The word bug in reference to a computer glitch has actually been used by engineers to refer to mechanical defects as far back as the 1870s, on the notion of an actual insect getting into the machine. And it was still used in that half-serious, half-joking sense through the early computing age—notably, it was popularized in 1946 after scientists at the Harvard Computation Laboratory identified an actual moth in the machine as a cause of a malfunction in the Mark II computer. Unsurprisingly, the verb to bug meaning "annoy" also came from the insect, through a connection of them being perceived as irritating; as did to bug meaning "secretly electronically monitor" because of the idea of hidden cameras and microphones being the size of actual bugs. Finally, the noun bug has an unknown origin, but was probably somehow connected to the Middle English word bugge, meaning "something frightening" (this is also the source of bugbear and bugaboo).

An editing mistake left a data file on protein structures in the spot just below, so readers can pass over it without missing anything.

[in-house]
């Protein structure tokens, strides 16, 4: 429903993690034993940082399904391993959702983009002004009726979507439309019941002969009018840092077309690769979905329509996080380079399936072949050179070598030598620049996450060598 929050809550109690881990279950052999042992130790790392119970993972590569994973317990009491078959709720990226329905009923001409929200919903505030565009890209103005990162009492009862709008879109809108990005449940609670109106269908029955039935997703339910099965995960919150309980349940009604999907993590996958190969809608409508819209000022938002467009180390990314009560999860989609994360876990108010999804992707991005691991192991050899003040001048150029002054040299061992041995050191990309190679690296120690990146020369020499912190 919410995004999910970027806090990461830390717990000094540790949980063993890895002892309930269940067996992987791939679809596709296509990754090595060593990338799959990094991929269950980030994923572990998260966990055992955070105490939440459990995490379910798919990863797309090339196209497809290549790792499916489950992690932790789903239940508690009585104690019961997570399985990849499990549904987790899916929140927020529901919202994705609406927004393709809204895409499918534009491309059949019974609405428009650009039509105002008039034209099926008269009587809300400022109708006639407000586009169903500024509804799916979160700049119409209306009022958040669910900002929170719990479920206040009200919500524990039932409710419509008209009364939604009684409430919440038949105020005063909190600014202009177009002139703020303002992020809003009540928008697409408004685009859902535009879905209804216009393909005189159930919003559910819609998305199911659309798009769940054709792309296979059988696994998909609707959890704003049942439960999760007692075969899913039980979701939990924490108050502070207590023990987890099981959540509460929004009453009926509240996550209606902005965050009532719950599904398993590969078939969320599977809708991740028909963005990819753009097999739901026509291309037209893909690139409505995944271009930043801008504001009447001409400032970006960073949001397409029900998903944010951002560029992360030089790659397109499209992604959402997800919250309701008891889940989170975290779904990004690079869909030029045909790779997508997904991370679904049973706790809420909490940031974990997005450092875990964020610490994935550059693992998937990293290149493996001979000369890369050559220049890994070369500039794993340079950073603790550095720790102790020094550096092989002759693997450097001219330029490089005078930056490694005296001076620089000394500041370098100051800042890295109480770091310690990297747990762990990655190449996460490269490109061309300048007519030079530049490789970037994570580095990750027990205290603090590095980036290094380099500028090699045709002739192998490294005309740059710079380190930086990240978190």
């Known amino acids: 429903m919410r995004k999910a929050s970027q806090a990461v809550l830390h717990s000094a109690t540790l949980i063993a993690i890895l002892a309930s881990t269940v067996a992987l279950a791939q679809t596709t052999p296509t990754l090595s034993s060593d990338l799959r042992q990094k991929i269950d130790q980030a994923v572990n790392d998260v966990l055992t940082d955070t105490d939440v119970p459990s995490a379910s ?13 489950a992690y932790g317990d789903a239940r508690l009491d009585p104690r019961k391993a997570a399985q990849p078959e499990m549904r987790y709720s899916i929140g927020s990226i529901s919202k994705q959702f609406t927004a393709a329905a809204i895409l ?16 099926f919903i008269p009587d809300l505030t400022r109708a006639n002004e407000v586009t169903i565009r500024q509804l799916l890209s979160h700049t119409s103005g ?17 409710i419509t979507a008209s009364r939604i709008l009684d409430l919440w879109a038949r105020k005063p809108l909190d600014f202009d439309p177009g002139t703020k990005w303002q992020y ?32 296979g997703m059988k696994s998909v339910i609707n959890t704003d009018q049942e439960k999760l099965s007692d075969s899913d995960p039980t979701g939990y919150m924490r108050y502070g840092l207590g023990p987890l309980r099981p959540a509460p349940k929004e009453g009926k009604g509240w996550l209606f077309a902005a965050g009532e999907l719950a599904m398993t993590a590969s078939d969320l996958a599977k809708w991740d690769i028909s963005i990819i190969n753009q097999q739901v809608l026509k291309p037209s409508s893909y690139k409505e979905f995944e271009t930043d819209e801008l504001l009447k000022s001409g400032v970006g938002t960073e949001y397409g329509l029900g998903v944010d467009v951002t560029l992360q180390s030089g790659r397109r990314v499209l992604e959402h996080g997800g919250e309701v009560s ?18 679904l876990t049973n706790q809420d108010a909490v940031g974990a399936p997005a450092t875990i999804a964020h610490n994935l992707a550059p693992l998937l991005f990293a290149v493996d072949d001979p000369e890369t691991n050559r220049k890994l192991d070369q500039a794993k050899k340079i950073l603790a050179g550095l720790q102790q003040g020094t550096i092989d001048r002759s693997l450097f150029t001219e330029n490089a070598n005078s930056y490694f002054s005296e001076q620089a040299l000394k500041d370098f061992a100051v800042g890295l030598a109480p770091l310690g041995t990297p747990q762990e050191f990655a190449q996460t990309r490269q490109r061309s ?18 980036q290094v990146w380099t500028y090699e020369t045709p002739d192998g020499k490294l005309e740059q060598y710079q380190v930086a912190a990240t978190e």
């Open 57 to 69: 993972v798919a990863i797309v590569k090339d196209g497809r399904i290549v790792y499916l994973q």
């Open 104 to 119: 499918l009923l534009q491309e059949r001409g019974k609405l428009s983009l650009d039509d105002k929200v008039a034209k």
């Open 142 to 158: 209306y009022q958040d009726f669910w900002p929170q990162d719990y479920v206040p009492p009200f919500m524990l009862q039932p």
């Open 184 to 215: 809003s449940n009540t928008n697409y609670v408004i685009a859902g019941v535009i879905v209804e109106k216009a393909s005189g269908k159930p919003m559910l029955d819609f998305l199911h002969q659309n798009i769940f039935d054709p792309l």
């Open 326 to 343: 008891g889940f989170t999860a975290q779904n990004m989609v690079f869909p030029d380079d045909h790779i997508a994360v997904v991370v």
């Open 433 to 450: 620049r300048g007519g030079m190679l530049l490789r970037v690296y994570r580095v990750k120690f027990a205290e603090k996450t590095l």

The word swoon has been around as a word meaning "faint" at least since its earliest attestation in a 1290 hagiographic manuscript, but at that point it had the rather ugly spelling suoweningue. Other ways of writing it at the time included swoʒene, swowene, swoune, and swowne, but in the fifteenth century a new version started to emerge without that second approximant sound and in the nineteenth century the figurative, romantic definition came about. The word came about as the past participle of the Old English verb swogan, which could mean "to make a sound" or "suffocate", and that is from the Proto-Germanic root swogana, also "make a sound". Finally, that's of uncertain origin, but there are relatives in other Germanic languages meaning "sigh" and "choke", so they all have to do with noises.
Hello! I'm Adam Aleksic, a senior studying government and linguistics at Harvard University, where I co-founded the Harvard Undergraduate Linguistics Society. In addition to etymology, I also really enjoy trivia, politics, vexillology, geography, board games, conlanging, art history, and law.